30 March 1880, page 5c,
4 March 1882, page 33d.
A proposed tramway is discussed in the Register,
11 May 1882, page 5a.
Information on the tram service is in the Express,
15 June 1883, page 2b,
8 March 1893, page 7h;
complaints about it are in the Advertiser,
3 and 5 May 1921, pages 9f and 9g.
Also see Adelaide - Transport.
The need for a post office is canvassed in the Register,
26 November 1883, page 4g and
14 November 1883, page 6d.
On 2 October 1884 on page 7b the Register has information on divining for water by Mr Gerber of Burnside - this report prompted a spate of letters which contain interesting information: see
3, 7, 14, 16, 18, 21 and 27 October 1884, pages 7e, 6e, 7a, 2e (supp.), 7d, 7f and 7b,
5, 10, 19 and 26 November 1884, pages 2b (supp.), 3e, 7d and 7f,
4 December 1884, page 6h,
26 October 1892, page 5b.
Mr A.H.R. Gerber's obituary appears on
6 March 1894, page 5b.
"Artesian Water at Burnside" is in the Register,
1 December 1890, page 3f.
Place Names - Quorn
South Australia - Miscellany - Water Divining and Rain Making.
The golden wedding of Mr & Mrs Rendall is reported in the Register,
7 August 1886, page 5c.
The laying of the foundation stone of a new Anglican church is reported in the Advertiser,
11 January 1887; also see Express,
6 May 1887, page 3c.
The opening of St David's Church Hall is reported in the Register,
12 December 1894, page 6f.
The suburb is described in the Observer,
24 September 1887, page 33d,
Parliamentary Paper 67/1888 and
2 December 1911, page 6c.
The reminiscences of L.C.E. Gee appear on
20 January 1927, page 10g.
Photographs are in the Observer,
3 March 1923, page 27.
Flooding of the district is reported in the Register,
24 April 1889, page 6d,
15 February 1897, page 5f.
Also see South Australia - Natural Disasters - Floods.
A proposed Institute is discussed in the Register,
20, 23, 24, 25 and 27 July 1891, pages 5a, 6c, 6d, 7d and 7c.
Information on St David's Hall is in the Register,
22 March 1893, page 5d.
"A Fatal Fight" is in the Chronicle,
11 November 1893, page 23e,
"Drowned in [a hotel] Well" is in the Observer,
19 October 1901, page 31a.
The golden wedding of Mr & Mrs George Inglis is reported in the Register,
6 December 1911, page 13c.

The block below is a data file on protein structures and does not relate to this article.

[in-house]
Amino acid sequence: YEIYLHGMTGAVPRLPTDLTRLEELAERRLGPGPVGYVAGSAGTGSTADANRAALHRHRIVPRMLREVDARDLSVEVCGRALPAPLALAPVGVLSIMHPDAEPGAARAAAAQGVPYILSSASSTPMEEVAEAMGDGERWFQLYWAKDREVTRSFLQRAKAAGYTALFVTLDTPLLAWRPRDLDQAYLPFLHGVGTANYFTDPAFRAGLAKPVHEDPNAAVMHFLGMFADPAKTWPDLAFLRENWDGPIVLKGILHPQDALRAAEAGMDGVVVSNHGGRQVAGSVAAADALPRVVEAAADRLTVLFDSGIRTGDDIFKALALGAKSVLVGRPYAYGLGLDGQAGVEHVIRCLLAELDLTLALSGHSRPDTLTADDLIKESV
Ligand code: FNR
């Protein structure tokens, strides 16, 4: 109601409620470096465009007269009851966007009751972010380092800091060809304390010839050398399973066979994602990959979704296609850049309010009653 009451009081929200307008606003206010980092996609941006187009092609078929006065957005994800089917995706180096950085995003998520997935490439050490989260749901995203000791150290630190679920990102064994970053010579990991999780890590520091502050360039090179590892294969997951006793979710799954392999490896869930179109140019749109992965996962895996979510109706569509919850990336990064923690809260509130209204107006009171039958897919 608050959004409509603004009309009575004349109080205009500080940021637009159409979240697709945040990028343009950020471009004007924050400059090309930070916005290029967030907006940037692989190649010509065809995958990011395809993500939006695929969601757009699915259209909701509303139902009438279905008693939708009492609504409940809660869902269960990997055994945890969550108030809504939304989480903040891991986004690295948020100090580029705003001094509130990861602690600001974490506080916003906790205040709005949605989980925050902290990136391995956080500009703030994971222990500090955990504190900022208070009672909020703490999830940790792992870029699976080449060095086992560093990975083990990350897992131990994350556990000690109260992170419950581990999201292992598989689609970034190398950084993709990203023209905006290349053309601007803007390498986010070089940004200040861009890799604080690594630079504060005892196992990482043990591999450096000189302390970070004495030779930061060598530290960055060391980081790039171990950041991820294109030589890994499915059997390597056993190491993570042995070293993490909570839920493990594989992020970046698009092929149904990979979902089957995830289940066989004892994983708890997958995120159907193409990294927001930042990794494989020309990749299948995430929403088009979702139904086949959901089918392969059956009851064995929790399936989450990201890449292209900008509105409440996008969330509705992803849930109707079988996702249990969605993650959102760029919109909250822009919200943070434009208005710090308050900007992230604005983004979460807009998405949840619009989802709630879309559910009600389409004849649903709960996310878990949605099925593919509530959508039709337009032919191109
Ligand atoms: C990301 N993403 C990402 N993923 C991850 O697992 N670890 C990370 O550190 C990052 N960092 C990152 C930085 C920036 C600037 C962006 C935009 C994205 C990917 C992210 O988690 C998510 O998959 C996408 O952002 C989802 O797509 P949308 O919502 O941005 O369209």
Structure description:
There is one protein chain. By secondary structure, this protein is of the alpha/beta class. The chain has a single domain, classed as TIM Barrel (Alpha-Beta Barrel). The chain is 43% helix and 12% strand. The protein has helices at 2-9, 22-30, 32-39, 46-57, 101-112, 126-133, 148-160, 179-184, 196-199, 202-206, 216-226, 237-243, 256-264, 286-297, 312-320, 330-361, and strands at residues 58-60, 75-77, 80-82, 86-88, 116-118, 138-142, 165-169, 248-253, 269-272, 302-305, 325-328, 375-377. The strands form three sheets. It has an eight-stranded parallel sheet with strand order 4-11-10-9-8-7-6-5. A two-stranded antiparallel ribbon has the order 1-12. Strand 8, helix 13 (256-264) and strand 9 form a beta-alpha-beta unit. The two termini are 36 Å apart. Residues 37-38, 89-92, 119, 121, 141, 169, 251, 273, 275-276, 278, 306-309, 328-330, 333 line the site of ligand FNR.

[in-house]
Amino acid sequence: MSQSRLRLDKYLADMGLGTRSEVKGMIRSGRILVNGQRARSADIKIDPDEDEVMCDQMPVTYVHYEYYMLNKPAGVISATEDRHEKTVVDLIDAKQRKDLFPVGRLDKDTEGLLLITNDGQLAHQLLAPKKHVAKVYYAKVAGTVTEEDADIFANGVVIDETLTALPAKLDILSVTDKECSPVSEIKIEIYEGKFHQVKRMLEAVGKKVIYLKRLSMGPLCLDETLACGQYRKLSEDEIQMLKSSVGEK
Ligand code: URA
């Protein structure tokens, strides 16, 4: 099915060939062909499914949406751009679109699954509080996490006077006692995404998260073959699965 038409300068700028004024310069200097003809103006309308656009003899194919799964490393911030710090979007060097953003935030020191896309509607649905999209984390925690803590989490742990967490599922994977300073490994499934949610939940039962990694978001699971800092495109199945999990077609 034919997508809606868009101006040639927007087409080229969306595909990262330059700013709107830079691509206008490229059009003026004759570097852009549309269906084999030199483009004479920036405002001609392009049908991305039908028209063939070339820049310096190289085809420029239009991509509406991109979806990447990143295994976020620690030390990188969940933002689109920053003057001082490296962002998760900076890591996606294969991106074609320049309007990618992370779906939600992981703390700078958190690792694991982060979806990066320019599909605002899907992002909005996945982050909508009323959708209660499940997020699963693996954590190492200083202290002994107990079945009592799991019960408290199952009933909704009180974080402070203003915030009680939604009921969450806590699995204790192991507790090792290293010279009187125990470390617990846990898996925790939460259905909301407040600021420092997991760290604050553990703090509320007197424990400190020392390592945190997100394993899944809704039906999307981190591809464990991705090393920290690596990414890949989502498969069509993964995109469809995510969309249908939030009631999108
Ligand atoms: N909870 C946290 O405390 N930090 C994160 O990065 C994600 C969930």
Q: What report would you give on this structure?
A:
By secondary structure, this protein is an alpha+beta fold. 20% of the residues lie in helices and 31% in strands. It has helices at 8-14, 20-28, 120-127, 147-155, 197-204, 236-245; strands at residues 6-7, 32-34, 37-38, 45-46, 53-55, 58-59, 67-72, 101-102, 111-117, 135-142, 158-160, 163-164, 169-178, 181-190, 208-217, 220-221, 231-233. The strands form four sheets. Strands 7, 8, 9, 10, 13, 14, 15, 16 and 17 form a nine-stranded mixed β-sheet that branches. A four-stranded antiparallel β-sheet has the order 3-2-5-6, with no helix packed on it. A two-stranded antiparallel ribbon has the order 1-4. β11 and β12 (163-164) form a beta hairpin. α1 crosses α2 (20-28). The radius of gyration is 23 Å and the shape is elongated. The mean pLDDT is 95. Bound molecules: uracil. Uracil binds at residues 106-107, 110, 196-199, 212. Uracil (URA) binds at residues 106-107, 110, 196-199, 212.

An explosion at Dunstan's quarry is reported in the Register,
17 April 1912, page 10a,
20 April 1912, page 42a.
"Tragic Quarry Explosion" is in the Chronicle,
2 March 1929, page 52.
Biographical details of J.D. Woods are in the Register,
11 March 1913, page 6i.
Information on street lighting is in the Register,
7 April 1914, page 8c.
"Cloudburst at Burnside" is in the Advertiser,
26 June 1915, page 15c.
The golden wedding of Mr & Mrs A. Anderson is reported in the Register,
2 October 1913, page 8a.
Biographical details of John Crocker are in the Register,
10 July 1915, page 12g.
A "poisoning epidemic" at a Sunday school picnic is reported upon in the Register,
31 January 1917, page 4f.
"A District's Development - Chat With Mr Peter Wood" is in the Register,
4 July 1918, page 7b.
Photographs of the unveiling of a roll of honour is in the Observer,
22 March 1919, page 28,
of a memorial on
23 April 1921, page 24.
A proposed soldiers' memorial is discussed in the Register,
28 July 1919, page 4d,
5 August 1919, page 4f,
20 September 1919, page 8f,
11 October 1919, page 8f,
23 December 1919, page 6h,
20 and 30 January 1920, pages 6e and 6f,
24 February 1920, page 4e,
8 September 1920, page 6h,
1 November 1920, page 9e,
13 and 18 April 1921, pages 6i and 7a,
21 June 1922, page 6f.
"Soldiers' Memorial Avenues" is in the Register,
19 and 21 July 1919, pages 8f and 7e.
Also see South Australia - World War I - Memorials to the Fallen.
A sale of 28 housing allotments at "The Pines, Burnside Road" is discussed in the Register,
17 July 1919, page 4d.
"The Burnside Hills" is in the Register,
4 December 1920, page 11e,
"Burnside - Memories of Old Days" on
26 and 27 February 1923, pages 10 and 12b,
"Progress of Burnside" on
29 June 1928, page 12c.
"The Burnside Tragedy" is in the Register,
12 January 1924, page 9g.
"Rapid Growth of Burnside District" is in The News,
8 April 1925, page 8c.
Information on James Gartrell's "Fernilee House" is in the Register,
24 June 1926, page 5e.
The reminiscences of L.C.E. Gee are in the Register,
20 January 1927, page 10g.
"Council History" is in the Advertiser,
17 May 1935, page 22h.
A photograph of dog catchers is in the Chronicle,
2 April 1936, page 37.
Also see Adelaide.
Burnside - Obituaries
An obituary of James Archibald is in the Register,
22 February 1892, page 4h,
of Mrs E. Gartrell on 3 August 1895, page 5c,
of Mrs Isabella Cockburn on 27 June 1899, page 5a,
of Mrs Mary K. Frew on 3 June 1902, page 4g,
of Mrs G.C. Black on 7 July 1902, page 4g.
An obituary of Mrs Degenhardt is in the Register,
1 August 1903, page 7d,
Observer, 8 August 1903, page 34a,
of Mrs Marie E. Mumme on 14 May 1904, page 34a,
of Mrs Anne Warland on 28 March 1908, page 40e.
An obituary of Timothy O'Connell, headmaster, is in the Register,
12 October 1903, page 4g,
of Mrs Marie E. Mumme on 12 May 1904, page 4i,